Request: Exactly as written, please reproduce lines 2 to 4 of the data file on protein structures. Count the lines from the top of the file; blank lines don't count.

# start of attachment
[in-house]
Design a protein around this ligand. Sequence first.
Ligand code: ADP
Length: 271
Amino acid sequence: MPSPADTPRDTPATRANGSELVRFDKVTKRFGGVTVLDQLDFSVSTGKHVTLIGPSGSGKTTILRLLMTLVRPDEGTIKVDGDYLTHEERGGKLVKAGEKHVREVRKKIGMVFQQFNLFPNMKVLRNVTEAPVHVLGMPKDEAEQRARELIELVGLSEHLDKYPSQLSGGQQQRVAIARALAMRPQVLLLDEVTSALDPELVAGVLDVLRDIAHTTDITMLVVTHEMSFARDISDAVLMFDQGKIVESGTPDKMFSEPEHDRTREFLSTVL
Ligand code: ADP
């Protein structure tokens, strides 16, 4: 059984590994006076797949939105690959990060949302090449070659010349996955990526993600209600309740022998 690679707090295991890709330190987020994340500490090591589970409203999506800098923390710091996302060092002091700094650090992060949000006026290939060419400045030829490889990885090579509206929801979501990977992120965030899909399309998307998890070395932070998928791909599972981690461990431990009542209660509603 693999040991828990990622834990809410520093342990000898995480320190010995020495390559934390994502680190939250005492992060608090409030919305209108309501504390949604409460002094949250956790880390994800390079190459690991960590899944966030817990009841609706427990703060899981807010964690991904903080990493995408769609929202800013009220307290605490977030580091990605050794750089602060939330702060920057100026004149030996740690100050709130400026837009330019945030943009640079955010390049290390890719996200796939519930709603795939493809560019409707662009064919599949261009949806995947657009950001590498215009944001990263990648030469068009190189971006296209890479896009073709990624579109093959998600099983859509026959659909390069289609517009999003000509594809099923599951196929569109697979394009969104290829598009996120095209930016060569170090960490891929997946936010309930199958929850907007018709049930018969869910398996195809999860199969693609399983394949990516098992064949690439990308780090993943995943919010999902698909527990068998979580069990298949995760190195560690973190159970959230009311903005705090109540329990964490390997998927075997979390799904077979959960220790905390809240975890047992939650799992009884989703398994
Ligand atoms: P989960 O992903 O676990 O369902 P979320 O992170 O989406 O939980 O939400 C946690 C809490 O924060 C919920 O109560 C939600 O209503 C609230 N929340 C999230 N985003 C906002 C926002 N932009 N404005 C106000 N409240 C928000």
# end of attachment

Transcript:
Design a protein around this ligand. Sequence first.
Ligand code: ADP
Length: 271